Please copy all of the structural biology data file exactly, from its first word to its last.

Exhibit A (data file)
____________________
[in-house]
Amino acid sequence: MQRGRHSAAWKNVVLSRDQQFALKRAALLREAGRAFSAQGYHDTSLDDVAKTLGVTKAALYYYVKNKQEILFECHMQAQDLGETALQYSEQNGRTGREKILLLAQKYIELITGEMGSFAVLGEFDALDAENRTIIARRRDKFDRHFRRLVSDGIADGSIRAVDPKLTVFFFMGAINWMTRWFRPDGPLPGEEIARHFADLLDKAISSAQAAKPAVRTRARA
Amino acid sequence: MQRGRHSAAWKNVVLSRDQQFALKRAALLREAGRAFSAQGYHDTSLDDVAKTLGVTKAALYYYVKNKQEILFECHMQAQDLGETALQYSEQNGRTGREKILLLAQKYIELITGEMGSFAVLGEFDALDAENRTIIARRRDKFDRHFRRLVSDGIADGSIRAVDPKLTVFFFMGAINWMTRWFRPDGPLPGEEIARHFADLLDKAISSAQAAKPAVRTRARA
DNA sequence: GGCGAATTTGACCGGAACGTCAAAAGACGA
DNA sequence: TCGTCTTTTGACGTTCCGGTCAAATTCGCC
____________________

[in-house]
Amino acid sequence: MQRGRHSAAWKNVVLSRDQQFALKRAALLREAGRAFSAQGYHDTSLDDVAKTLGVTKAALYYYVKNKQEILFECHMQAQDLGETALQYSEQNGRTGREKILLLAQKYIELITGEMGSFAVLGEFDALDAENRTIIARRRDKFDRHFRRLVSDGIADGSIRAVDPKLTVFFFMGAINWMTRWFRPDGPLPGEEIARHFADLLDKAISSAQAAKPAVRTRARA
Amino acid sequence: MQRGRHSAAWKNVVLSRDQQFALKRAALLREAGRAFSAQGYHDTSLDDVAKTLGVTKAALYYYVKNKQEILFECHMQAQDLGETALQYSEQNGRTGREKILLLAQKYIELITGEMGSFAVLGEFDALDAENRTIIARRRDKFDRHFRRLVSDGIADGSIRAVDPKLTVFFFMGAINWMTRWFRPDGPLPGEEIARHFADLLDKAISSAQAAKPAVRTRARA
DNA sequence: GGCGAATTTGACCGGAACGTCAAAAGACGA
DNA sequence: TCGTCTTTTGACGTTCCGGTCAAATTCGCC